This post was originally published on this site

Techno Tuesday: Facundo Mohrr on his love affair with melodic dance music and embracing imperfectionTechno Tuesdays

Techno Tuesday is a feature on Dancing Astronaut documenting the culture of underground dance music. We’ll bring you exclusive interviews, tracks, and narratives from artists within the techno, tech house, and deep house world in an effort to shed light on some of the best talent outside the world of mainstream dance music.

Another star rises out of Argentina to make his mark in the deep, melodic realm of dance music. Facundo Mohrr‘s affair with electronica has been instilled in him from birth; his mother, a raver herself, passed on the tradition and continued to attend events as she was raising a young Mohrr. It was only natural that, upon reaching adolescence, he would eventually take his own step behind the decks and begin to create house music.

Mohrr’s path to stardom seemed destined to happen. By 2008, he’d already made it onto Frisky with a release that was remixed by Cid Inc. Shortly after, he’d caught the ears and support by the likes of John Digweed, Sasha, Nick Warren. and of course, his own compatriot Hernan Cattaneo. A decade-plus after his break and Mohrr is just starting to climb toward his peak; in 2017, he found his way onto Henry Saiz‘ Natura Sonoris with a widely-rinsed Bleed EP. He and his longtime friend and collaborator Valdovinos made it onto Get Physical’s Kindisch arm shortly thereafter. Meanwhile, demand was starting to grow for Facundo’s live presence, taking him to the US, Tunisia, Mexico, England, and beyond.

Come 2018, a new friendship was born with Lee Burridge. Their musical visions quickly aligned, and by March, the Argentinian talent had made it onto both Burridge’s imprints of All Day I Dream, and the Hoj co-owned Tale + Tone. It feels fitting that as the year comes to a close, Mohrr’s first extended player on All Day I Dream arrives. La Espere fits perfectly in with the label’s aesthetic: profound, emotive deep house, but with a more energized and rhythmic touch courtesy of Mohrr.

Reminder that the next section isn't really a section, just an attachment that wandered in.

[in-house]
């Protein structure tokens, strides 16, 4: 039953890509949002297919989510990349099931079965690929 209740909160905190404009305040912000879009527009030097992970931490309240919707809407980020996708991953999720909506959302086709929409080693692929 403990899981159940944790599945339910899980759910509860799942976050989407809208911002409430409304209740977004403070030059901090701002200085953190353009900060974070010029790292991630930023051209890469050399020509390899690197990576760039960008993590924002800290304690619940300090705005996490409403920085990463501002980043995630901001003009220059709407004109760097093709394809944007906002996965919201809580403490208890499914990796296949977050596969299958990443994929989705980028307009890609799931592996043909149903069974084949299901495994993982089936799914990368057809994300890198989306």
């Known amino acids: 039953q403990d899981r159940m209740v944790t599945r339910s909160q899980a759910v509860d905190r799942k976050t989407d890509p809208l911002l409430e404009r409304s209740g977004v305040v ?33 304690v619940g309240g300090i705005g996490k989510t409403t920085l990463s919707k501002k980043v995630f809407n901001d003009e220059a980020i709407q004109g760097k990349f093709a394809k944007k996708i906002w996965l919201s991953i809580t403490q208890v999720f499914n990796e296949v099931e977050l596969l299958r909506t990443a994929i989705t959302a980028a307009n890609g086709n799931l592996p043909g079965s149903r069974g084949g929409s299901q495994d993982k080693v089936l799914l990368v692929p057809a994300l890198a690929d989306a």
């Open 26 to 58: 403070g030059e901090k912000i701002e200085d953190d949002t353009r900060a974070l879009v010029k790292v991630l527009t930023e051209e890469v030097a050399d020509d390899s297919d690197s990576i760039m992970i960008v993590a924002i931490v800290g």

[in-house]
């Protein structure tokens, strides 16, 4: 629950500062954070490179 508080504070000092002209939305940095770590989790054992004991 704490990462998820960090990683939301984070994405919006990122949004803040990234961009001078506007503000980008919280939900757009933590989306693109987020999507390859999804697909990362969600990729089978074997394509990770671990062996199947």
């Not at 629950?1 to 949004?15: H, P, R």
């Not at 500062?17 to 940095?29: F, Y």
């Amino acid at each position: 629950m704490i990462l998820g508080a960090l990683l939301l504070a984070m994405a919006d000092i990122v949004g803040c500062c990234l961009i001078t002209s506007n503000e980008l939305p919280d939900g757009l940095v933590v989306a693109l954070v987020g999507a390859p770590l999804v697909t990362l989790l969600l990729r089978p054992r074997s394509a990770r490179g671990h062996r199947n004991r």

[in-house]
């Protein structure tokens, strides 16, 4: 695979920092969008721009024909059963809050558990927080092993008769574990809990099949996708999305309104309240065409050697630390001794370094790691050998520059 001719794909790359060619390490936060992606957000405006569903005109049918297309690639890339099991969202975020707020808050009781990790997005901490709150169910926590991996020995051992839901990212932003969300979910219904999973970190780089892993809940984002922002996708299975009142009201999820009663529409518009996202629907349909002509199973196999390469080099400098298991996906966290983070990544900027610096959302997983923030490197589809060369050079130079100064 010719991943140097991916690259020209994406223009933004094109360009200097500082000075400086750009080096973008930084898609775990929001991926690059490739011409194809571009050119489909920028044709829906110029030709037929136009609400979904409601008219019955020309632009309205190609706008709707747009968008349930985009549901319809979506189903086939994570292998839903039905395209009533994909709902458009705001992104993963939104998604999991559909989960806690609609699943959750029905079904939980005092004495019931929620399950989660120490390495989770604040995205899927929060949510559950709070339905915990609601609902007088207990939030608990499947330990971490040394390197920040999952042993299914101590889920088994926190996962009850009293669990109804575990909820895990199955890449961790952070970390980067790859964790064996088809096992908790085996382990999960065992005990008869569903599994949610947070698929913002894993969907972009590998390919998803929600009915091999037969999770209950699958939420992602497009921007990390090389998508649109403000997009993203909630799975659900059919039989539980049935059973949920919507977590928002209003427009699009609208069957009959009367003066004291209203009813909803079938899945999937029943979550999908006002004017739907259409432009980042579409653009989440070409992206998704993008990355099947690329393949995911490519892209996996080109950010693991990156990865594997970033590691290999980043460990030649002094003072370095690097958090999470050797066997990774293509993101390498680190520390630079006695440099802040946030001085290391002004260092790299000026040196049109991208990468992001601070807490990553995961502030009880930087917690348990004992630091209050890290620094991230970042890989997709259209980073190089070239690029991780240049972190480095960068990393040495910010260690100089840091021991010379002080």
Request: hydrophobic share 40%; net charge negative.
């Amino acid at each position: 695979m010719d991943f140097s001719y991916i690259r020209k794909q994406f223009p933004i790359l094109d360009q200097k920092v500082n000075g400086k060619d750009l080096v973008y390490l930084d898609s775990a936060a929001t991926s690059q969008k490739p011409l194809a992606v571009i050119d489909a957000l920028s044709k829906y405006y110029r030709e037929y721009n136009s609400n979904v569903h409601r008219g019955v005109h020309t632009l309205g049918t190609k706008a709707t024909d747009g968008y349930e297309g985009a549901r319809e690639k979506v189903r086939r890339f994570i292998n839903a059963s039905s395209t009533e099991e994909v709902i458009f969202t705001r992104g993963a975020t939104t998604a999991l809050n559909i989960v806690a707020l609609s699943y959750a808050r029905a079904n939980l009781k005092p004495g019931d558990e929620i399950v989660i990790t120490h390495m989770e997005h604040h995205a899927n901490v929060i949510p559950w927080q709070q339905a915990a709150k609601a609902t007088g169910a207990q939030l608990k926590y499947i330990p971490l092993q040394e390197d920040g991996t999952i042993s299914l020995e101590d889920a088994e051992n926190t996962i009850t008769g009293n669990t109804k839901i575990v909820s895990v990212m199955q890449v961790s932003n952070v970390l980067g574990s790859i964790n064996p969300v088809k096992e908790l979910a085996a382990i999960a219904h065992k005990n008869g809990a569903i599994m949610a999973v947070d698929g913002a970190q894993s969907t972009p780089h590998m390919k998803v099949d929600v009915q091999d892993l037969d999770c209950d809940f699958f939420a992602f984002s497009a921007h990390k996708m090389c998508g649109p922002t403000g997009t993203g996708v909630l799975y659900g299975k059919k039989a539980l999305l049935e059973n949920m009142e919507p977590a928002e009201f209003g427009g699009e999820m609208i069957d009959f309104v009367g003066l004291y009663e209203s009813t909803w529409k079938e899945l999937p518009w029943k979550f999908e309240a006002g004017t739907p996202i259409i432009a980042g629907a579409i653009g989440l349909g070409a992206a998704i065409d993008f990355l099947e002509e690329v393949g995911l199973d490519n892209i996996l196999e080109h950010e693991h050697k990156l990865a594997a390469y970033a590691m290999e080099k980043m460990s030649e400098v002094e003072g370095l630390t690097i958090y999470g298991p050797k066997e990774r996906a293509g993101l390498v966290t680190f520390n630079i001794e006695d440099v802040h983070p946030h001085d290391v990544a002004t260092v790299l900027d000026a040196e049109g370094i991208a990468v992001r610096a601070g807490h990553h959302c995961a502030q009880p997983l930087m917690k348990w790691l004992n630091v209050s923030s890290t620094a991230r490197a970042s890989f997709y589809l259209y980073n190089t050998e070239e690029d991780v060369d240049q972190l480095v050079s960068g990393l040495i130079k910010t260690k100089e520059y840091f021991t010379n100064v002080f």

Dancing Astronaut had the pleasure of premiering “Blue Bird” prior to release, but we remained curious as to who this mysterious artist was at his core. So, the only move was to

Techno Tuesday: Facundo Mohrr on his love affair with melodic dance music and embracing imperfectionMohrr 1

Credit: Julian Farina

Describe growing up in Argentina and how you came to fall in love with dance music.
I fell in love with electronic music thanks to my mother. She used to listen to this style. I remember being 13 years old back in 1998 … we lived in a flat which was in the top floor of a building. That flat overlooked Sarmiento Park, where the first raves were held in our country. My mum would go to those parties and I remained at home looking at the lights flashing in the park, from my balcony. Everything was very intriguing to me. So, I started to look up information about the DJs who played at those raves. I investigated in every way I could, because internet had just begun so it was extremely difficult. Some years later, in the last years of my secondary school, a classmate and I discovered FRUITYLOOPS (now known as FL Studio), and since then I have never stopped making music. Today, 15 years after that first contact I still sit in front of a project with the same emotion and adrenaline that I started with.

How did you arrive at your current sound?
Talking about my sound is a bit difficult. I’d say that I always stress the rhythm a lot. I don’t like having energy in my tracks without any sense or pattern. I like deep melodies in my productions, as well as in my sets. I really try to transmit *something* at all times. I like stuff to be happening constantly in my work, and I don’t worry about what others say about going eclectic at times; I see the good side in everything and take advantage of it. Ultimately, I stick to the saying, “there is no good music or bad music; either you like it or not.” I try to evolve and always look for the diversity, and fully accept the risk of upsetting the public in adding surprises into my music.